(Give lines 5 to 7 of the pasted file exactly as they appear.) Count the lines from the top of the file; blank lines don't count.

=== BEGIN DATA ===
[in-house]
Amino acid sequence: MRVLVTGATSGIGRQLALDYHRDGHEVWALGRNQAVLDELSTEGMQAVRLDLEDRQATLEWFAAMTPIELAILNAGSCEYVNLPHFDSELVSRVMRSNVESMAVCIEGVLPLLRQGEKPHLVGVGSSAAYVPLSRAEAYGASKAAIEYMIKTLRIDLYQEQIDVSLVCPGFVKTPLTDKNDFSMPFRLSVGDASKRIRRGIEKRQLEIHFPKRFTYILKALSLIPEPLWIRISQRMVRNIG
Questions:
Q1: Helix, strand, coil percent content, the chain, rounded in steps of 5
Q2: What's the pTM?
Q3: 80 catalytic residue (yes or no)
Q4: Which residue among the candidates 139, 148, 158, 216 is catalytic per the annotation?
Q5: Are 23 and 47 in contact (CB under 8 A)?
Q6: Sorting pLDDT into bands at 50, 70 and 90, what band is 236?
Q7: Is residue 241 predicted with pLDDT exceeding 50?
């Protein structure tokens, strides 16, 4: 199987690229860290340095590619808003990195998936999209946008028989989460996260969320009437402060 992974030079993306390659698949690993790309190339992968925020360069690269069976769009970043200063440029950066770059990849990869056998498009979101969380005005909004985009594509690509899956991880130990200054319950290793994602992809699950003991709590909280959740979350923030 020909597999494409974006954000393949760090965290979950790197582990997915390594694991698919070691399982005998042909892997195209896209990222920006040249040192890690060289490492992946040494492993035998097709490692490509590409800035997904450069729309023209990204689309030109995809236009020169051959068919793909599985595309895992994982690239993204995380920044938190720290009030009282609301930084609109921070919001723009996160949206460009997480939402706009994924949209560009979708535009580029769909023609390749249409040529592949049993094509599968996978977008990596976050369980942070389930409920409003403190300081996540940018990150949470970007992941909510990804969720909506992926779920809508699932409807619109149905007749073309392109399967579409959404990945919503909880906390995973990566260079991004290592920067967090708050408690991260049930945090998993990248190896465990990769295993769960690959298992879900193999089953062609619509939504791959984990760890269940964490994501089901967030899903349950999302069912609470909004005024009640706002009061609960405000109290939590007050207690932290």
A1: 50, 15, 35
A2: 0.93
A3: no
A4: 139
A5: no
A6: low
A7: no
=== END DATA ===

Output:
Q2: What's the pTM?
Q3: 80 catalytic residue (yes or no)
Q4: Which residue among the candidates 139, 148, 158, 216 is catalytic per the annotation?